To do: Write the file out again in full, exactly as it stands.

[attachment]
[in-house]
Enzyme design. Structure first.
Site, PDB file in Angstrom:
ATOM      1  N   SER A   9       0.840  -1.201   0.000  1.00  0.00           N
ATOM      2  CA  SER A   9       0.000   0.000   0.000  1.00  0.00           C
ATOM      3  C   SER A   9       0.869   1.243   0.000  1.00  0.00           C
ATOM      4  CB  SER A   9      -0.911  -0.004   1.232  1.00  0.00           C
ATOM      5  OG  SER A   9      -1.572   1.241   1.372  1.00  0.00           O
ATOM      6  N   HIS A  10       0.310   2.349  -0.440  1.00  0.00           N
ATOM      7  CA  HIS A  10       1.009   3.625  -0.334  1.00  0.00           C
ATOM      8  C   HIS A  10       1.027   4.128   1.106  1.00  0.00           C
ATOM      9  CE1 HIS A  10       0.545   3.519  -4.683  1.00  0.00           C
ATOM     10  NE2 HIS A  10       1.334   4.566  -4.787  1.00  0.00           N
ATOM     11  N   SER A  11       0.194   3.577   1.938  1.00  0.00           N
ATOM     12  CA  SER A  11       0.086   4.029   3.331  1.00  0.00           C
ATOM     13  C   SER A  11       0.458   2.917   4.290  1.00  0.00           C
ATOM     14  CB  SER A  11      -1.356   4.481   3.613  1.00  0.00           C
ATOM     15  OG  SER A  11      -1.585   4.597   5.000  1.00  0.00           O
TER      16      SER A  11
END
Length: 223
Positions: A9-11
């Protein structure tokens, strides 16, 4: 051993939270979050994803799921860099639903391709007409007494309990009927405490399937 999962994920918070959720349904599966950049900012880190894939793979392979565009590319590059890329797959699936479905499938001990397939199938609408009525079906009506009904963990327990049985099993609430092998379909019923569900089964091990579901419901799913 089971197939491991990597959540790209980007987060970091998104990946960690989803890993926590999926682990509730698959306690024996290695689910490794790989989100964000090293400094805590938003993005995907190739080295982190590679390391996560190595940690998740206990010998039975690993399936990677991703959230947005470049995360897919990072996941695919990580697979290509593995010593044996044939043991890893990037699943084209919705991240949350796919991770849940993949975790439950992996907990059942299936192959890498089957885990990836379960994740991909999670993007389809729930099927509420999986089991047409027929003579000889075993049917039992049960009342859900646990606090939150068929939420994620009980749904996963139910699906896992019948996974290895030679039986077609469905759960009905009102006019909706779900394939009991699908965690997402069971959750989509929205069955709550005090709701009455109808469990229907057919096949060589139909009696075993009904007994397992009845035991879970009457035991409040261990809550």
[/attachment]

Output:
[in-house]
Enzyme design. Structure first.
Site, PDB file in Angstrom:
ATOM      1  N   SER A   9       0.840  -1.201   0.000  1.00  0.00           N
ATOM      2  CA  SER A   9       0.000   0.000   0.000  1.00  0.00           C
ATOM      3  C   SER A   9       0.869   1.243   0.000  1.00  0.00           C
ATOM      4  CB  SER A   9      -0.911  -0.004   1.232  1.00  0.00           C
ATOM      5  OG  SER A   9      -1.572   1.241   1.372  1.00  0.00           O
ATOM      6  N   HIS A  10       0.310   2.349  -0.440  1.00  0.00           N
ATOM      7  CA  HIS A  10       1.009   3.625  -0.334  1.00  0.00           C
ATOM      8  C   HIS A  10       1.027   4.128   1.106  1.00  0.00           C
ATOM      9  CE1 HIS A  10       0.545   3.519  -4.683  1.00  0.00           C
ATOM     10  NE2 HIS A  10       1.334   4.566  -4.787  1.00  0.00           N
ATOM     11  N   SER A  11       0.194   3.577   1.938  1.00  0.00           N
ATOM     12  CA  SER A  11       0.086   4.029   3.331  1.00  0.00           C
ATOM     13  C   SER A  11       0.458   2.917   4.290  1.00  0.00           C
ATOM     14  CB  SER A  11      -1.356   4.481   3.613  1.00  0.00           C
ATOM     15  OG  SER A  11      -1.585   4.597   5.000  1.00  0.00           O
TER      16      SER A  11
END
Length: 223
Positions: A9-11
């Protein structure tokens, strides 16, 4: 051993939270979050994803799921860099639903391709007409007494309990009927405490399937 999962994920918070959720349904599966950049900012880190894939793979392979565009590319590059890329797959699936479905499938001990397939199938609408009525079906009506009904963990327990049985099993609430092998379909019923569900089964091990579901419901799913 089971197939491991990597959540790209980007987060970091998104990946960690989803890993926590999926682990509730698959306690024996290695689910490794790989989100964000090293400094805590938003993005995907190739080295982190590679390391996560190595940690998740206990010998039975690993399936990677991703959230947005470049995360897919990072996941695919990580697979290509593995010593044996044939043991890893990037699943084209919705991240949350796919991770849940993949975790439950992996907990059942299936192959890498089957885990990836379960994740991909999670993007389809729930099927509420999986089991047409027929003579000889075993049917039992049960009342859900646990606090939150068929939420994620009980749904996963139910699906896992019948996974290895030679039986077609469905759960009905009102006019909706779900394939009991699908965690997402069971959750989509929205069955709550005090709701009455109808469990229907057919096949060589139909009696075993009904007994397992009845035991879970009457035991409040261990809550």